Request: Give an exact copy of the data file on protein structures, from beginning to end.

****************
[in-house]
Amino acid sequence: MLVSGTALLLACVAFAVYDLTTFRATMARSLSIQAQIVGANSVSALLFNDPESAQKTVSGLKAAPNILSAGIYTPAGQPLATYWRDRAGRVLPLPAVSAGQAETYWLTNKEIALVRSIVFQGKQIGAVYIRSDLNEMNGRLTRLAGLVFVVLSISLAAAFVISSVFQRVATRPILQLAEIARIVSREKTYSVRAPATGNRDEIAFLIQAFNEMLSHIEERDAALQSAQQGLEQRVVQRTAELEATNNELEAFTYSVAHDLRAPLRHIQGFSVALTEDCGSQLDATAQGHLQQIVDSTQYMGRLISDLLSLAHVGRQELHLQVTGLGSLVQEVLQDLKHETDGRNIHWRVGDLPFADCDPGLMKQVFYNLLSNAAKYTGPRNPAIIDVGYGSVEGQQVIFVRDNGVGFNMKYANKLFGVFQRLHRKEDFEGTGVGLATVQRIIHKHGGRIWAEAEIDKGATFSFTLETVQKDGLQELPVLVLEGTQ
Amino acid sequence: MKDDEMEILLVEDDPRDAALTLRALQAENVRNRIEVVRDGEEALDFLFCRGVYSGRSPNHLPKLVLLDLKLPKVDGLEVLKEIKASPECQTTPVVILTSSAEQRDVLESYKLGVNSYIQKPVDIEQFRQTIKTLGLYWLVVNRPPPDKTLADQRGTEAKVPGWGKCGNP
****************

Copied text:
[in-house]
Amino acid sequence: MLVSGTALLLACVAFAVYDLTTFRATMARSLSIQAQIVGANSVSALLFNDPESAQKTVSGLKAAPNILSAGIYTPAGQPLATYWRDRAGRVLPLPAVSAGQAETYWLTNKEIALVRSIVFQGKQIGAVYIRSDLNEMNGRLTRLAGLVFVVLSISLAAAFVISSVFQRVATRPILQLAEIARIVSREKTYSVRAPATGNRDEIAFLIQAFNEMLSHIEERDAALQSAQQGLEQRVVQRTAELEATNNELEAFTYSVAHDLRAPLRHIQGFSVALTEDCGSQLDATAQGHLQQIVDSTQYMGRLISDLLSLAHVGRQELHLQVTGLGSLVQEVLQDLKHETDGRNIHWRVGDLPFADCDPGLMKQVFYNLLSNAAKYTGPRNPAIIDVGYGSVEGQQVIFVRDNGVGFNMKYANKLFGVFQRLHRKEDFEGTGVGLATVQRIIHKHGGRIWAEAEIDKGATFSFTLETVQKDGLQELPVLVLEGTQ
Amino acid sequence: MKDDEMEILLVEDDPRDAALTLRALQAENVRNRIEVVRDGEEALDFLFCRGVYSGRSPNHLPKLVLLDLKLPKVDGLEVLKEIKASPECQTTPVVILTSSAEQRDVLESYKLGVNSYIQKPVDIEQFRQTIKTLGLYWLVVNRPPPDKTLADQRGTEAKVPGWGKCGNP